Two RIT professors have equipped students in a couple of Rwanda high schools with smart phones and tablets to map their communities. Professors Brian Tomaszewski and Anthony Vodacek are leading a two-year pilot study funded by the United Kingdom Department for International Development.
The students will use the equipment to collect and synthesize data from their surroundings. They might, for example, map cell-phone reception in a certain area, or create a map that shows the availability of electricity in an area. The project should improve students' spatial thinking skills, Tomaszewski and Vodacek say, and may have benefits beyond the classroom.
A detailed map showing areas lacking access to clean water, for example, could be used as a tool to advocate for government intervention, Tomaszewski and Vodacek say.
"Maps are power," Tomaszewski says.
Two schools are participating in the pilot program, and a third is acting as a control group. The students in the first two schools will be evaluated three times over the course of the program to see how they're progressing.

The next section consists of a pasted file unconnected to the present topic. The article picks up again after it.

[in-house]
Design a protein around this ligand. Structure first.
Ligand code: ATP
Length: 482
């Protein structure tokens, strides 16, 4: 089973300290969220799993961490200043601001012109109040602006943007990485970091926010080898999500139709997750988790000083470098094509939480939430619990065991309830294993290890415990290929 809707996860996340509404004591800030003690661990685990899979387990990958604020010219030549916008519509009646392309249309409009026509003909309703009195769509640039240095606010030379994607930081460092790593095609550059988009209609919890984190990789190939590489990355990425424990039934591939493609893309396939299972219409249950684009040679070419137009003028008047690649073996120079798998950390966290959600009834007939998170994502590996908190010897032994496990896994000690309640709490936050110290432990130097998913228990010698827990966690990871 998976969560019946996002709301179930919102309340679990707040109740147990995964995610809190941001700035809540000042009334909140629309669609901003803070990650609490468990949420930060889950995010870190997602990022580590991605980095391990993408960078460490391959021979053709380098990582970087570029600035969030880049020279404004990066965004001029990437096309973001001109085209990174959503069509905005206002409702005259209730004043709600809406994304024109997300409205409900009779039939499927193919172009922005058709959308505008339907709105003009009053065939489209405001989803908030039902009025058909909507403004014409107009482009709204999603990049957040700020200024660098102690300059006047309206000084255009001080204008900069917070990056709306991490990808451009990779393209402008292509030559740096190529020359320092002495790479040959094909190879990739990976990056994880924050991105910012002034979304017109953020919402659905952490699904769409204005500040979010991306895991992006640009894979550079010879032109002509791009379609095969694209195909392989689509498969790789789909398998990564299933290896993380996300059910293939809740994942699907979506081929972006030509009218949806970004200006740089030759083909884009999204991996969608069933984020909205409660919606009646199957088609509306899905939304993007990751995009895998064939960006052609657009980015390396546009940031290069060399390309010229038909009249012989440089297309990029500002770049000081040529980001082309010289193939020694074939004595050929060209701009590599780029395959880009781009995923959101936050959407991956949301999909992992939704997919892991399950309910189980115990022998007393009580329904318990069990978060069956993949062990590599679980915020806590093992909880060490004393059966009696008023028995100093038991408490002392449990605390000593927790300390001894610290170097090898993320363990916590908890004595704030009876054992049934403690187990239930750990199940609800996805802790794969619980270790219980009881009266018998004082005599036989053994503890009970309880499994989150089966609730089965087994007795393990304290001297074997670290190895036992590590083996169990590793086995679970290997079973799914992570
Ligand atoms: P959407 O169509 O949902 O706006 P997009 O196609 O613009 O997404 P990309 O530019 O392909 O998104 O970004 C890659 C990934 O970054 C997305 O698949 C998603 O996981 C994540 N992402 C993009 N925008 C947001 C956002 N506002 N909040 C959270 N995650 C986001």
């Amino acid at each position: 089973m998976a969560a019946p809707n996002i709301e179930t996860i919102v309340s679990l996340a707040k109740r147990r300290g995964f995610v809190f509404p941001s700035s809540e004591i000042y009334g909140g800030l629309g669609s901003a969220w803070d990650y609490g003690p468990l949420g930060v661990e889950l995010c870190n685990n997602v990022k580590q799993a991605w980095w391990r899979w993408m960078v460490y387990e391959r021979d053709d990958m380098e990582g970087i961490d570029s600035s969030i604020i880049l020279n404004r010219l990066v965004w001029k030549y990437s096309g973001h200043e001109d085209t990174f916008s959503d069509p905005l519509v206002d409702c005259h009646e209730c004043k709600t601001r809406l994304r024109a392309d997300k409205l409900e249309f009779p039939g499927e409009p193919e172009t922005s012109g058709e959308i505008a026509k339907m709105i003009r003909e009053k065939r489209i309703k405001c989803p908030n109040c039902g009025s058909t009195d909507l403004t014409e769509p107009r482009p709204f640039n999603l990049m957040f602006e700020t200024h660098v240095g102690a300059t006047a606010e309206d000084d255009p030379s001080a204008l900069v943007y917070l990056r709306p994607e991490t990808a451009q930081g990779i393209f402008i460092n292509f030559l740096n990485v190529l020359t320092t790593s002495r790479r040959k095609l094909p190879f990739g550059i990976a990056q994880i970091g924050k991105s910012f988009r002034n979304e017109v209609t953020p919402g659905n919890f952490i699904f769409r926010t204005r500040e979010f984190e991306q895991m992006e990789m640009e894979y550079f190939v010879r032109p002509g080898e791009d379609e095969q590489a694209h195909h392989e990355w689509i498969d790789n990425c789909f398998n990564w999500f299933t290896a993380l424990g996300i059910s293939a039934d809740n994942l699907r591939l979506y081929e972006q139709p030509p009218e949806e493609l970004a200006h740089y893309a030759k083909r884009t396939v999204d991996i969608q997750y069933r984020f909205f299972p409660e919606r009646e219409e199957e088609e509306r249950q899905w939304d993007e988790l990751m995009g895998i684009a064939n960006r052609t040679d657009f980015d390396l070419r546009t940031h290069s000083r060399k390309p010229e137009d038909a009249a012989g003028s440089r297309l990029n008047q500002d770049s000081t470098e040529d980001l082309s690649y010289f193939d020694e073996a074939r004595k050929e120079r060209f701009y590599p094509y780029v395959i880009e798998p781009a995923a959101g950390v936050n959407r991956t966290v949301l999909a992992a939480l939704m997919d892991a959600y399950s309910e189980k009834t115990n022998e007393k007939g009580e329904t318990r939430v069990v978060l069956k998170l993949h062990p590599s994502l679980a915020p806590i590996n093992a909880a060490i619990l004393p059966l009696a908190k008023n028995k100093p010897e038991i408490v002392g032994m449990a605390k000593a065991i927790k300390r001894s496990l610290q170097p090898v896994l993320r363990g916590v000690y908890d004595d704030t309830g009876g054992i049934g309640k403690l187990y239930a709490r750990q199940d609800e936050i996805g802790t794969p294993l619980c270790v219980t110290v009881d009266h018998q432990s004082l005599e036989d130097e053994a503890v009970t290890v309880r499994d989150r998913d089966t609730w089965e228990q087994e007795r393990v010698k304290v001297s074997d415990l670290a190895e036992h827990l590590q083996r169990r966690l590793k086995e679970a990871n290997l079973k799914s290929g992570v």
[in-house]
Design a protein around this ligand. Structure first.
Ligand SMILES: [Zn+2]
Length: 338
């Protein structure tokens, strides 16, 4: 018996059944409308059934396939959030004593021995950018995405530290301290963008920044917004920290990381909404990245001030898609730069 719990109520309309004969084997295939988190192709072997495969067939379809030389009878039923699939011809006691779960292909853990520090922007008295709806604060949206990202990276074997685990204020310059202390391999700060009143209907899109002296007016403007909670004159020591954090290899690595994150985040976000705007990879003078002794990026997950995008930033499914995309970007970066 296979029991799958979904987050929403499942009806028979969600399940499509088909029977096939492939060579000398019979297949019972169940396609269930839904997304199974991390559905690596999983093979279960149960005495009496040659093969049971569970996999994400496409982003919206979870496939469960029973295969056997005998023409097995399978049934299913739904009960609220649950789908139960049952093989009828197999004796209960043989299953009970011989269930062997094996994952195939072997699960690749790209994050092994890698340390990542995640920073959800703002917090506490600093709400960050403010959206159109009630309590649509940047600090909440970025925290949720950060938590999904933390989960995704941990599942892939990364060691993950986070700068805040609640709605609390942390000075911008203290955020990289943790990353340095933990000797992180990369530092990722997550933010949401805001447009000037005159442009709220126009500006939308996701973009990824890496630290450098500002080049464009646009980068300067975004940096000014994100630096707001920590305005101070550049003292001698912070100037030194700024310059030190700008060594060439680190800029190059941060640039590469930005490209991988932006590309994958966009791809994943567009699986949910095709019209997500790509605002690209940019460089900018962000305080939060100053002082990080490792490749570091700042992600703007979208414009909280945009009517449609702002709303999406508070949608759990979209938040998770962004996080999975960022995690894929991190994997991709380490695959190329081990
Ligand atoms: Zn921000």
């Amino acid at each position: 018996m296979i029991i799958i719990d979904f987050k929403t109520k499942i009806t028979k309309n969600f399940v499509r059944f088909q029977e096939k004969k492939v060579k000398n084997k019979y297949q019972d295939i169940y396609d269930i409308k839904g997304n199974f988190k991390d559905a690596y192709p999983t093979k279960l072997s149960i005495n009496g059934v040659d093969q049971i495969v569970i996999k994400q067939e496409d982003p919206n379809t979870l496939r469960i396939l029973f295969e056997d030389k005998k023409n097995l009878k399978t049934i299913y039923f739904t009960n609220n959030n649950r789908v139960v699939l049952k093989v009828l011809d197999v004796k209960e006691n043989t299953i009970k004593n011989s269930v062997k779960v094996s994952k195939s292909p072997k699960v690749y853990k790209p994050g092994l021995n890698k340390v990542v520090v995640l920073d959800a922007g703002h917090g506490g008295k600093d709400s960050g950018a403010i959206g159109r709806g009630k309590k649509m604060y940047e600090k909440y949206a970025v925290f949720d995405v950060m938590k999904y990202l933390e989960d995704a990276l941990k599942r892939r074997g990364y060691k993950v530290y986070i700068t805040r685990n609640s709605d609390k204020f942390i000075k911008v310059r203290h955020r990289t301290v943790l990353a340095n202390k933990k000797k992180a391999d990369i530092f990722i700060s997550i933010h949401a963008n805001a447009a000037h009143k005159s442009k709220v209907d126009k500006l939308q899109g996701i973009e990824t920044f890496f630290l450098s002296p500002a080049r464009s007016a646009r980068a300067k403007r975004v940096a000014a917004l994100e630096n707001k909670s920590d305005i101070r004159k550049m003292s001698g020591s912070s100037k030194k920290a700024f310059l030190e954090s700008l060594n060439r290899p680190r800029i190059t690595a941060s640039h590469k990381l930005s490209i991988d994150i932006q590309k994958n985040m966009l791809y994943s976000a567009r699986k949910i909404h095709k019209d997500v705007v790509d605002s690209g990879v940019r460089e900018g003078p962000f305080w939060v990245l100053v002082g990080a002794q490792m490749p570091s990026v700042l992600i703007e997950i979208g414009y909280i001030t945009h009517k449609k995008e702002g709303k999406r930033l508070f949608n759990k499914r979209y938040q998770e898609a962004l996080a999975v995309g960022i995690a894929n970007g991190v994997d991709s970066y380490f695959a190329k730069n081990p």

"We will want to know, 'Did this make an impact?'" Vodacek says. "Can we show that our intervention improved the students' spatial thinking?"
The National Research Council's 2006 report, "Learn to Think Spatially," talked about the lack of spatial thinking ability in U.S. students and recommended that spatial thinking become a central component of K to 12 education.
Tomaszewski says that it makes sense that this deficit would be found in students universally.
Spatial thinking uses the properties of space — such as scale, distance, and direction — to structure and solve problems. Tomaszewski uses the discovery of the DNA double helix by Francis Crick and James Watson as an example.
"They really used good spatial thinking," he says "They were able to sort of think in their minds how these molecules were spatially related to one another and hence made this groundbreaking discovery."